The Nebraska Cornhuskers are apparently looking for a way to play college football in the fall of 2020 and one Heisman Trophy winner is ready to show them the door and get them out of the Big Ten.
Desmond Howard, the former Michigan Wolverines star who won the Heisman Trophy in 1991, said during ESPN’s “Get Up” on Wednesday that Cornhuskers coach Scott Frost among other Nebraska officials owe Big Ten Conference Commissioner Kevin Warren an apology.
“You think that they’re the only team that really wants to play? Of course not,” Howard said, according to the New York Post. “All the teams and all the coaches want to play, but they’re not whining and crying and then talking about an exit — talking about leaving the conference. I think that at this point, I would demand an apology from the chancellor and the president and Scott Frost."
“And not one behind closed doors — a public apology. Or, if I’m Kevin Warren right now, I’m working on a way to get their a– out of the Big Ten.”
Warren told ESPN separately that he appreciates Nebraska’s passion, but the conference has to move forward as a 14-school body together.
“We have 14 schools in the Big Ten conference,” Warren said. “I appreciate the passion of all of our schools. I didn’t expect all of our coaches to be ecstatic that the decision was made, so I understand they’re passionate. … My expectation is that when you’re in a conference, you can’t be in a conference and be an independent. That’s where we are. I expect for our 14 members to go forward together.”
Before the Big Ten Conference postponed the fall sports schedule on Tuesday, Frost told reporters Monday that the school would look at all options if the inevitable happened.
“We're a proud member of the Big Ten. We want to play a Big Ten schedule. I think the only reason we would look at any other options is if, for some reason, the Big Ten wasn't playing and only a handful of teams from the Big Ten wanted to continue playing. I think if that's the case, I think we're prepared to look at any and all options,” Frost said, according to ESPN.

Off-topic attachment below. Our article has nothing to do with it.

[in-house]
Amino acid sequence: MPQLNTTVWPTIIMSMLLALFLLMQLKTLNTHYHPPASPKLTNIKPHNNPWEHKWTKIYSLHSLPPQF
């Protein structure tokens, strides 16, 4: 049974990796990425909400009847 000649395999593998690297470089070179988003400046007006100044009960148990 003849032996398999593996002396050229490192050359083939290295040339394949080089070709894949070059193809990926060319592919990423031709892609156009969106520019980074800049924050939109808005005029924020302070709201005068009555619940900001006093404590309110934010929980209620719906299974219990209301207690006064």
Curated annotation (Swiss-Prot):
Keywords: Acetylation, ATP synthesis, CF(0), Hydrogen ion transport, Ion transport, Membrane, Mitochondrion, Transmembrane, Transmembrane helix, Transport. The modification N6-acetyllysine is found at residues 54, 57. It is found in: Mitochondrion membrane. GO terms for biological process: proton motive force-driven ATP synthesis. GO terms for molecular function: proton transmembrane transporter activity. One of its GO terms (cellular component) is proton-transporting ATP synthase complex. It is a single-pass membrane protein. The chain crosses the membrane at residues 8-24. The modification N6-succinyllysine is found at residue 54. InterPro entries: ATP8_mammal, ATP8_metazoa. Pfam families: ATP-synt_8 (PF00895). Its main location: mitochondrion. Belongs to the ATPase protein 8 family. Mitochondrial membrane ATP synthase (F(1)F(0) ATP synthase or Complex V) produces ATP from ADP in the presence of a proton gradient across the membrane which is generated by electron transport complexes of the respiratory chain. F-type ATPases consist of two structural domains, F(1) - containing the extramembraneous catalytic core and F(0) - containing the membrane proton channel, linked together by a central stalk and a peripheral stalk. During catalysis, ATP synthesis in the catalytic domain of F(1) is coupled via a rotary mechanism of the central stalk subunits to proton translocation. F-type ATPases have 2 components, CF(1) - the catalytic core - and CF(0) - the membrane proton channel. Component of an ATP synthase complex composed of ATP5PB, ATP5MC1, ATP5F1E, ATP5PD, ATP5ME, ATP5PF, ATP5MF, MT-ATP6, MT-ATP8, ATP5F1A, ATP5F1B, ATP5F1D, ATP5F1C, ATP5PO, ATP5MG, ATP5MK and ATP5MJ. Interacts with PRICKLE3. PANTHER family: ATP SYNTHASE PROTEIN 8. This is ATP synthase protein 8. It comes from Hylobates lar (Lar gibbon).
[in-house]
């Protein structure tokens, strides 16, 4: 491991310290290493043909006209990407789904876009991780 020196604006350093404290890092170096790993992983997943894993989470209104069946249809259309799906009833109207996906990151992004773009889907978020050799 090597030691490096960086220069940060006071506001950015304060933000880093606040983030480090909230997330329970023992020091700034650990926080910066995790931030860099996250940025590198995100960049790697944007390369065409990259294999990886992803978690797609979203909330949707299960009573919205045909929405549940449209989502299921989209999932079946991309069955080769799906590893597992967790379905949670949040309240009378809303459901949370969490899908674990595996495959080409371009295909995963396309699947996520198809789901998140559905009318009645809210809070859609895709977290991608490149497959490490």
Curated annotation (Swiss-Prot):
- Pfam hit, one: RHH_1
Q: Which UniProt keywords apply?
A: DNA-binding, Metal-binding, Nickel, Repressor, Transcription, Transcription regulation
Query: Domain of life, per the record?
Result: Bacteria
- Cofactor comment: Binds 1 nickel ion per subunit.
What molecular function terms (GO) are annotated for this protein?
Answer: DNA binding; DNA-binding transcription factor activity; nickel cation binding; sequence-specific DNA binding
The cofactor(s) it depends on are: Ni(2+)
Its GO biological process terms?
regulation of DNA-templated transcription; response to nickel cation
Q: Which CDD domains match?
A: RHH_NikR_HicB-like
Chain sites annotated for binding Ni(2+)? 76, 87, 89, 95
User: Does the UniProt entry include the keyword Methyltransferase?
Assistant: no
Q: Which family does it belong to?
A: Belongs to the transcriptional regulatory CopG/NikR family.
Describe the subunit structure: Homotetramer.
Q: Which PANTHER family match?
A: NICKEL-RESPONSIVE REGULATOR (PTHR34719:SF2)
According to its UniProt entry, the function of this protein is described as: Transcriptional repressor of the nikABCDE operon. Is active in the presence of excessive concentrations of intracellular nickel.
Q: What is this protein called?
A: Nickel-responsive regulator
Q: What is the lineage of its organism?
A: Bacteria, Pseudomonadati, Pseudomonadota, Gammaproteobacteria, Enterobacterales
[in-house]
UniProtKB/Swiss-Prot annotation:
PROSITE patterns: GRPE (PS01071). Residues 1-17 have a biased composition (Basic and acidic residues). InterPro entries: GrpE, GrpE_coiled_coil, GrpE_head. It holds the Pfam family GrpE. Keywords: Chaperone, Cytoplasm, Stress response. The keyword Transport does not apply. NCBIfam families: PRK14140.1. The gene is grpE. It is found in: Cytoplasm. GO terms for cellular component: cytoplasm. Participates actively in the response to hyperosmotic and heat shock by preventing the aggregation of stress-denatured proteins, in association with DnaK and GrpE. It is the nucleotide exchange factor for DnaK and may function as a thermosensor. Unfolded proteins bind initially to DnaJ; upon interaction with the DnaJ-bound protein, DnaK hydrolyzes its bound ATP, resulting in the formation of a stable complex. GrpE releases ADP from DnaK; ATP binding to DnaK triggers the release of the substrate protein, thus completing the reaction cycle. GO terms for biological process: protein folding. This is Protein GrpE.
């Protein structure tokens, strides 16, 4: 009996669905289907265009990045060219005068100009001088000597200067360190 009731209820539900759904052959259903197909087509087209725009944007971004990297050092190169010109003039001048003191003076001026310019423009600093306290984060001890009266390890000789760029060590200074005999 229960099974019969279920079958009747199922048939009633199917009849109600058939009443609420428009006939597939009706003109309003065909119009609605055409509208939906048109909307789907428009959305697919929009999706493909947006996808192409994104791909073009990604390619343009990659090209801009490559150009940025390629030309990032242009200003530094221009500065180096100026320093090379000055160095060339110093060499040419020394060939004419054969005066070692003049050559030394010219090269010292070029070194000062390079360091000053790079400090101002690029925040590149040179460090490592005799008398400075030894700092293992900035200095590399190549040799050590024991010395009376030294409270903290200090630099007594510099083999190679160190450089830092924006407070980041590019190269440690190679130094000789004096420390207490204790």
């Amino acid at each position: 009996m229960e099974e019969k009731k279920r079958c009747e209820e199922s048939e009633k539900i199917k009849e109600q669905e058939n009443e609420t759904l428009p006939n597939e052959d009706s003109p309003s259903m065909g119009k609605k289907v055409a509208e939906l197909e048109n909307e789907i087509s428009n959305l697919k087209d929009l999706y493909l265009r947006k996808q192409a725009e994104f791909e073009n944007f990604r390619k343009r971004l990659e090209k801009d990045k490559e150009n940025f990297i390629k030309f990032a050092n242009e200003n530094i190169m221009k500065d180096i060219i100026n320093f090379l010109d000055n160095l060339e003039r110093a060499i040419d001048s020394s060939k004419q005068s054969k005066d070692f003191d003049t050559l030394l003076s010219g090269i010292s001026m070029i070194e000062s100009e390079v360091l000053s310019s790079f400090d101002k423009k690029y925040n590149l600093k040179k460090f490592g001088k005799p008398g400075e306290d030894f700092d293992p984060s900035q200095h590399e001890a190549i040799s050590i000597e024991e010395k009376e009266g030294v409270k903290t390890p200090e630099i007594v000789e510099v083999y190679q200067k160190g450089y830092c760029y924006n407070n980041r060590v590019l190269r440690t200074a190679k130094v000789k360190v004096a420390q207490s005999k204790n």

Frost said he believes that campus is the safest place for the players to be.
“If we send kids home, they're going to be in closer contact with a lot of family members and other people that might be at higher risk for coronavirus than if we keep them here in an environment where they're around other healthy, young people,” he said. “If I had a son, I would want him playing football. I think this is the safest place he could be, and a lot of schools around the conference probably feel the same way, that the safest environment we can put these guys in is an environment where they're being monitored constantly, being screened, being tested, being taken care of [and] being protected if they do get sick.
“I'm passionate about this because our guys want to play. I'm proud of who they are and the decisions they've made. I think it's our responsibility to make sure they respect this virus. I'm not a doctor and I don't understand a lot of these things. The medical experts that we're leaning on are the ones that are guiding our decisions.”